Speak, Memory: Autobiography and Memoir in Russian Literature|
Spring 2011 not offered
Memoirs and autobiographical prose have been a major genre of Russian literature, particularly for women, since the 18th century. They offer a chance for the individual to make sense of his or her relationship to larger historical forces and allow writers of fiction and poetry to reflect on the tensions between biography and the creative process. We will read major works from the 18th century to the present, including Nadezhda Durova's account of her life on the front lines in the Napoleonic Wars; Dostoevsky's prison memoirs; the poet Mandelstam's reminiscences of a prerevolutionary childhood and his wife's account of Stalin's terror; and intense memories of childhood by Marina Tsvetaeva and Vladimir Nabokov. Attention will be paid throughout the course to related theoretical problems (narratology, feminism, and historiography, etc.). All works will be read in English translation.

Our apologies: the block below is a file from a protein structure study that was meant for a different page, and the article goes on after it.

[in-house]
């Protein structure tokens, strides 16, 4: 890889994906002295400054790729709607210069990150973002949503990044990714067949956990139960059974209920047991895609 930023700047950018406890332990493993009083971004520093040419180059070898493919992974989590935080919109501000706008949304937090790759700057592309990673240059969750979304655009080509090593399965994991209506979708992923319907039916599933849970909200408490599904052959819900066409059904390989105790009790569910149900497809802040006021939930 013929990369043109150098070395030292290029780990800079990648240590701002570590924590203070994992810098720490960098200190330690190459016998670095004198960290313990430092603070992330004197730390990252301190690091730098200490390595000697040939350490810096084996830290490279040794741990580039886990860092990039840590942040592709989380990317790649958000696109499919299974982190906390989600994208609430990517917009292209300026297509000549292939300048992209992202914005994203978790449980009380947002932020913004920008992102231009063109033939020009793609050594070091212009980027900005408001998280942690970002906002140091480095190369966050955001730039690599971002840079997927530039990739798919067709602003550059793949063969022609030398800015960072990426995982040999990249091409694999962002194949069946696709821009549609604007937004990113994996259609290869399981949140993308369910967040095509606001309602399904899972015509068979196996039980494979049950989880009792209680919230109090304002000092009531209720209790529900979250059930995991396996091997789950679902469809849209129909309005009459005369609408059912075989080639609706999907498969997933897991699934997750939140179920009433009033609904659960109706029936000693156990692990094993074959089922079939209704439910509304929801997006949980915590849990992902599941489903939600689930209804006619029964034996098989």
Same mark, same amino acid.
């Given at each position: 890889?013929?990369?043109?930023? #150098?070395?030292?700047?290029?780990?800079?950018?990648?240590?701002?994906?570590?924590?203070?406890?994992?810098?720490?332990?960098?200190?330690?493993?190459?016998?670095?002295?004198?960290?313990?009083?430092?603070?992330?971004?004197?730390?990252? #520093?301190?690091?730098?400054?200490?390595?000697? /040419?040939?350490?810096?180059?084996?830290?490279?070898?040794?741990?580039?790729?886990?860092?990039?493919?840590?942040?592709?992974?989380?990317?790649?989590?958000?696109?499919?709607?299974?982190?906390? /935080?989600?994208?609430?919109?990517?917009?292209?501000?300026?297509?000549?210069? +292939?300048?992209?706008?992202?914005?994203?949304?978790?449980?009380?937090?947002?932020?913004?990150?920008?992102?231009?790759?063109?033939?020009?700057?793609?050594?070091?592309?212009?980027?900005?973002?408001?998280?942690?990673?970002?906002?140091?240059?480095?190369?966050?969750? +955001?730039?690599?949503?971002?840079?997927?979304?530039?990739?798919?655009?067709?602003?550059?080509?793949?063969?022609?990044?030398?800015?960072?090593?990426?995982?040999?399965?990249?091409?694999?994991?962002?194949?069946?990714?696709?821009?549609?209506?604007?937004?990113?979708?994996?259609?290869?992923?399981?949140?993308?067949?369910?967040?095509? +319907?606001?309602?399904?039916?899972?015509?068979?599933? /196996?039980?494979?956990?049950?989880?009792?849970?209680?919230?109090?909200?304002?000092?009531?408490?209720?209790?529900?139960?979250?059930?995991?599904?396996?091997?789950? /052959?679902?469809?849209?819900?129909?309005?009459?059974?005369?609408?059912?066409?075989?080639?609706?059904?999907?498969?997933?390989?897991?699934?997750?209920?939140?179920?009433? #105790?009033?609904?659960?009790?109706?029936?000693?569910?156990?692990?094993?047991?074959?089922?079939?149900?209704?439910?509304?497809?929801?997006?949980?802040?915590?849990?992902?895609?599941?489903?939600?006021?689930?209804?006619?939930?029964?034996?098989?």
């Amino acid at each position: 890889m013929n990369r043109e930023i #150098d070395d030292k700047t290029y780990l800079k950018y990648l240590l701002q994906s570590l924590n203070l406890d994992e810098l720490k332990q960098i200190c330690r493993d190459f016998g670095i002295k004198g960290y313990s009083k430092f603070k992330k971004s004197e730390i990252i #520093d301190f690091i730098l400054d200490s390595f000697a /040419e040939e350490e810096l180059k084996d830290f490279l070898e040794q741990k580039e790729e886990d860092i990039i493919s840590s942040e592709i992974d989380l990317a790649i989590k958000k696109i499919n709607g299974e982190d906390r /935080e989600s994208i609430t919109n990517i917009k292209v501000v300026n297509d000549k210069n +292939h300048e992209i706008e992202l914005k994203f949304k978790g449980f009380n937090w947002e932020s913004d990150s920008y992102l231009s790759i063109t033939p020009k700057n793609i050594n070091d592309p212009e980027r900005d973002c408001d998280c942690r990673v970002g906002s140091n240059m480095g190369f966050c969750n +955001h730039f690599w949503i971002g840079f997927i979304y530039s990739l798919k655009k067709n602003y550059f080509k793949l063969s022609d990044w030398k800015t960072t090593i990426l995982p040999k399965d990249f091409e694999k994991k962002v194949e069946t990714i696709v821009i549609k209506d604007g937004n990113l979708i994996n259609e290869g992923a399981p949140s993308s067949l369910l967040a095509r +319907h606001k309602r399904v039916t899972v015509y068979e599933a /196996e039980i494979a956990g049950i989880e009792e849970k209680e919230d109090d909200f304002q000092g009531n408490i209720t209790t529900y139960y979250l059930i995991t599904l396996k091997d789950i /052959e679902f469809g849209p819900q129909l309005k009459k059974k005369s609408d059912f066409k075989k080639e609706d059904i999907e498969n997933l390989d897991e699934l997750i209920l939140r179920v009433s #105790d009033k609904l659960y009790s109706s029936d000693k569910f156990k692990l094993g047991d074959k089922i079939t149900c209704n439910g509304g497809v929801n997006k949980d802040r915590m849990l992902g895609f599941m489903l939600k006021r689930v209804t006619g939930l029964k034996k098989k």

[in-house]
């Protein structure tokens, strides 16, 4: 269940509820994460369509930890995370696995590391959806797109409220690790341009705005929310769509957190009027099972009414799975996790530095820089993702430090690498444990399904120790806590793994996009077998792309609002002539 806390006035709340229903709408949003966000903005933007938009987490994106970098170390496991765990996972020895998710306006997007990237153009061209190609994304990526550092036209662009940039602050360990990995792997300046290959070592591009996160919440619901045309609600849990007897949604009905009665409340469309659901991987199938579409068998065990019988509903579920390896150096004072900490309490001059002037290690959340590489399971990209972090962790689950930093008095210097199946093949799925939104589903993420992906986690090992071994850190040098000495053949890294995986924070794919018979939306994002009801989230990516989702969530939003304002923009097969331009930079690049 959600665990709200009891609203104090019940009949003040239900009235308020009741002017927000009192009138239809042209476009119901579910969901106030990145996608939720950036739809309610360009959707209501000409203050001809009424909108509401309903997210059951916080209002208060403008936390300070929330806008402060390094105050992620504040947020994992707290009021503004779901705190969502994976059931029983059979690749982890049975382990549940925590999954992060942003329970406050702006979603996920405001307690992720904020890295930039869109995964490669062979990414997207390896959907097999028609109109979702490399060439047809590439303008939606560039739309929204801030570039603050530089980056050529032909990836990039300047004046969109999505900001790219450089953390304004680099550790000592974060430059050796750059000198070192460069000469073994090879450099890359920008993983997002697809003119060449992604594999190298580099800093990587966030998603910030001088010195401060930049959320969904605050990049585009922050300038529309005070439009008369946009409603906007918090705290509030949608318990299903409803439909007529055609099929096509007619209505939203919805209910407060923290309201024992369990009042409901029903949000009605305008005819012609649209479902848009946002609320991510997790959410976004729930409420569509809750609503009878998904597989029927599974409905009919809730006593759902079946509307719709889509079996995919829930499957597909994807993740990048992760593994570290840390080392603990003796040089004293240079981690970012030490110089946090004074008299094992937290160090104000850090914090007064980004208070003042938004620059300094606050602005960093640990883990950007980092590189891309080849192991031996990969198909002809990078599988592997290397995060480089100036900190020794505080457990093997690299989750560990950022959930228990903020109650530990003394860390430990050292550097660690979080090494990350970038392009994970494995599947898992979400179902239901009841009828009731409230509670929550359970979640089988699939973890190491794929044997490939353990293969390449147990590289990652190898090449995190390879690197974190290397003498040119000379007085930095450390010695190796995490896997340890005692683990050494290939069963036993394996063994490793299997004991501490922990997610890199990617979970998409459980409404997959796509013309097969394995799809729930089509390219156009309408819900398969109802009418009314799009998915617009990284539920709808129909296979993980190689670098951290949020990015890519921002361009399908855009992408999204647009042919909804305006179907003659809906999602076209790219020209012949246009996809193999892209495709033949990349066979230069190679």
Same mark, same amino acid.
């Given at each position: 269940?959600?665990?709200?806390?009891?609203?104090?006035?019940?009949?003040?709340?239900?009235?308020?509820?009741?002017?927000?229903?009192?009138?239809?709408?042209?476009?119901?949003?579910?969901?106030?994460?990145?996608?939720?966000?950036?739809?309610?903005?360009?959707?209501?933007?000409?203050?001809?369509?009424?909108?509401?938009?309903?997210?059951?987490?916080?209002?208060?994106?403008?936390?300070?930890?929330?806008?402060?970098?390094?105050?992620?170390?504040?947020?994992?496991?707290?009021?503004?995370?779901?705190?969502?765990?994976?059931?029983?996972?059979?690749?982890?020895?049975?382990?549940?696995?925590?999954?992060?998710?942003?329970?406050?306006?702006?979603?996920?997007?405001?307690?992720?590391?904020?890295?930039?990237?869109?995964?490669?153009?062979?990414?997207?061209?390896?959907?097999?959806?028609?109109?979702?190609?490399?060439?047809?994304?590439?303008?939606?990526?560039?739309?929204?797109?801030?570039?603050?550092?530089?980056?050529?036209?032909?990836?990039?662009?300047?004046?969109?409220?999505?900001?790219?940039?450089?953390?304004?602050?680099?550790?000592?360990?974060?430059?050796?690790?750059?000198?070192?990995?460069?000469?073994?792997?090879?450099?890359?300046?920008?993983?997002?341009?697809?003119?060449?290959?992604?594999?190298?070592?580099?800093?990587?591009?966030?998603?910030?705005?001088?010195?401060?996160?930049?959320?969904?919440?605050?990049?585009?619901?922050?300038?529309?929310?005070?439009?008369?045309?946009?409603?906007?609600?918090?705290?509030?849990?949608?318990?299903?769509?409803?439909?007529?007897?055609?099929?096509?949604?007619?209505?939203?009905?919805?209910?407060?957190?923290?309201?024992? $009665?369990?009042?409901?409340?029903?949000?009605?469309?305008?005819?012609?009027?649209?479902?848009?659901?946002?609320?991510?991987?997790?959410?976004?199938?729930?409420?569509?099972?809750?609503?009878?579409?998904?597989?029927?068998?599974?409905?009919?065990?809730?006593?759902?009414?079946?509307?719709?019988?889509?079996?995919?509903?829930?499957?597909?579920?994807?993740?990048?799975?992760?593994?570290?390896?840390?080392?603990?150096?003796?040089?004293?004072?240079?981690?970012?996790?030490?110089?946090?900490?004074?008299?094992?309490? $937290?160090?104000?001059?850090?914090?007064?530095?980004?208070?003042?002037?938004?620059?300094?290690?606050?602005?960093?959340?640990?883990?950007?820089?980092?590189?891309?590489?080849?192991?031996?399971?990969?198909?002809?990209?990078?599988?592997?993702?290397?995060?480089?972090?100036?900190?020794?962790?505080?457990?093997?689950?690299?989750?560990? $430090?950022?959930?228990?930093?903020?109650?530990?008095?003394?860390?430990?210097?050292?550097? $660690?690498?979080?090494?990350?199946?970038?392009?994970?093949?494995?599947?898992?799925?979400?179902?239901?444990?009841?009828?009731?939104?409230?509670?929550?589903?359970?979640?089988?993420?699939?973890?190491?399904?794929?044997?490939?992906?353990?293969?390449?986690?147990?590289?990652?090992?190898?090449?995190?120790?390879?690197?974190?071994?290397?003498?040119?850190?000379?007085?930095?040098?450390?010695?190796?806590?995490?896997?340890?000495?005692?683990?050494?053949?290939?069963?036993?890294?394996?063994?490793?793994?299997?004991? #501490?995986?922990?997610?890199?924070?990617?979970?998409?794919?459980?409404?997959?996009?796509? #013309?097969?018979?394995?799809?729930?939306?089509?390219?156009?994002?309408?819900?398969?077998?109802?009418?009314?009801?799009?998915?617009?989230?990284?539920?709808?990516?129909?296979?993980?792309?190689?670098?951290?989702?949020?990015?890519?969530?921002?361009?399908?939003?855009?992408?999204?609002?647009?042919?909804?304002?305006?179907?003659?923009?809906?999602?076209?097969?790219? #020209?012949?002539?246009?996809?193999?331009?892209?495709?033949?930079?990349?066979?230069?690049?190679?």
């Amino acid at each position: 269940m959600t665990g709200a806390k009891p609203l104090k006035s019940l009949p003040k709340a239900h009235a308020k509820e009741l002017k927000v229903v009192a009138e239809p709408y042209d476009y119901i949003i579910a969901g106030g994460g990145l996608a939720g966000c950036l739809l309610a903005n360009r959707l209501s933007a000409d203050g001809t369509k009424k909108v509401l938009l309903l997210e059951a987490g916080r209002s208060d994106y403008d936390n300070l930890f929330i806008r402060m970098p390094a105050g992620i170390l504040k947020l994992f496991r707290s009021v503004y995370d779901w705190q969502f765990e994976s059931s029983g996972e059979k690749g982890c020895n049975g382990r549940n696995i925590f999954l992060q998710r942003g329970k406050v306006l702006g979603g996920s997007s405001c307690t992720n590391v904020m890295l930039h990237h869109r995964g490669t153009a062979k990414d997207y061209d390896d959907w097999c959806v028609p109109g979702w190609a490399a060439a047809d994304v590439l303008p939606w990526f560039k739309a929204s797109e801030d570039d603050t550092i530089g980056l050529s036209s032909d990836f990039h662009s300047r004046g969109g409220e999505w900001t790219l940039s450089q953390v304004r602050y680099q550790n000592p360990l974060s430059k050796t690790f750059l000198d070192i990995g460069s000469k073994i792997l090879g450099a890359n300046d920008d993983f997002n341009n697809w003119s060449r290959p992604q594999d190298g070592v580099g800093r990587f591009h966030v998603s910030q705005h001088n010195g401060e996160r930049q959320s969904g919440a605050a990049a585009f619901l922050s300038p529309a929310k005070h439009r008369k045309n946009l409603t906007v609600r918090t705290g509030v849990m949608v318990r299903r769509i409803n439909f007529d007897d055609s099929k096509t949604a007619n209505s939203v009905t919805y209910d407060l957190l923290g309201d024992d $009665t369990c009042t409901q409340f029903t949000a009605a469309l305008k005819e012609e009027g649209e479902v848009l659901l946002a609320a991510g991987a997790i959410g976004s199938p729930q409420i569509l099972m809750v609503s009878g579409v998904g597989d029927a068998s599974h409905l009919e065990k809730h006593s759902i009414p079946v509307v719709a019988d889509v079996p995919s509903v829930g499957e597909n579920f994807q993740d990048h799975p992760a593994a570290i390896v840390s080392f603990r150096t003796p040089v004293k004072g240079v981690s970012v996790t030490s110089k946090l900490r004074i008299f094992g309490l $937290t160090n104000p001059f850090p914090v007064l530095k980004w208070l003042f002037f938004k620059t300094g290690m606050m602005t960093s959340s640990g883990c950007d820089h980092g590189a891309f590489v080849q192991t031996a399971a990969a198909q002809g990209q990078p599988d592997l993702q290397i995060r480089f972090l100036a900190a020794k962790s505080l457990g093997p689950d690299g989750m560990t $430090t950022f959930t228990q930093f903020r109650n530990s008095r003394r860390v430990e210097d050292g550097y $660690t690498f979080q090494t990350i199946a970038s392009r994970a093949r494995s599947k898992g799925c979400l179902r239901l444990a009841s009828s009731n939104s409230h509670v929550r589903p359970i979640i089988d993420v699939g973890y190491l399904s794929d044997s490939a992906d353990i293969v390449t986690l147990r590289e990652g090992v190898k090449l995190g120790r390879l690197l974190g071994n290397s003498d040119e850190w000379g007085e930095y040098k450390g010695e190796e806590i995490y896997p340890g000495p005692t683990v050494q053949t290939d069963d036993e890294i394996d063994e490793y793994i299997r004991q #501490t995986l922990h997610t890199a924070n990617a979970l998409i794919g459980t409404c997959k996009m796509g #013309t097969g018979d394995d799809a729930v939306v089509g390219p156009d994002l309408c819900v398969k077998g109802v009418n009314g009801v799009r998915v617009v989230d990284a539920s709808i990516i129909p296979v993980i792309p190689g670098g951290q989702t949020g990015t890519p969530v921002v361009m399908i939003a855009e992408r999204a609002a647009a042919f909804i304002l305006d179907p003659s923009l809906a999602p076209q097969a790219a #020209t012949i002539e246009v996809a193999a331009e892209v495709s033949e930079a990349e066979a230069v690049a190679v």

Intercultural Literacy, Interpretation
Lectures, discussions, and papers focus on the interpretation of literary texts. Students must acquire knowledge of historical and cultural background of Russia, 1800-present.
||Gen Ed Area Dept:
|Course Format: Lecture / Discussion||Grading Mode: Student Option|
||Fulfills a Major Requirement for: (COL)(CWRC)(REES-MN)(REES-Lang/Lit/C)(REES-Social Sci)
Fyodor Dostoevsky, HOUSE OF THE DEAD
Leo Tolstoy, CHILDHOOD
Osip Mandelstam, THE NOISE OF TIME
Nadezhda Mandelstam, HOPE AGAINST HOPE
Marina Tsvetaeva, AUTOBIOGRAPHICAL ESSAYS
Vladimir Nabokov, SPEAK, MEMORY
|Examinations and Assignments: |
Three papers (5-7pp.); one oral presentation
|Additional Requirements and/or Comments: |
Attendance and participation are required. All papers must be submitted as hard copy.
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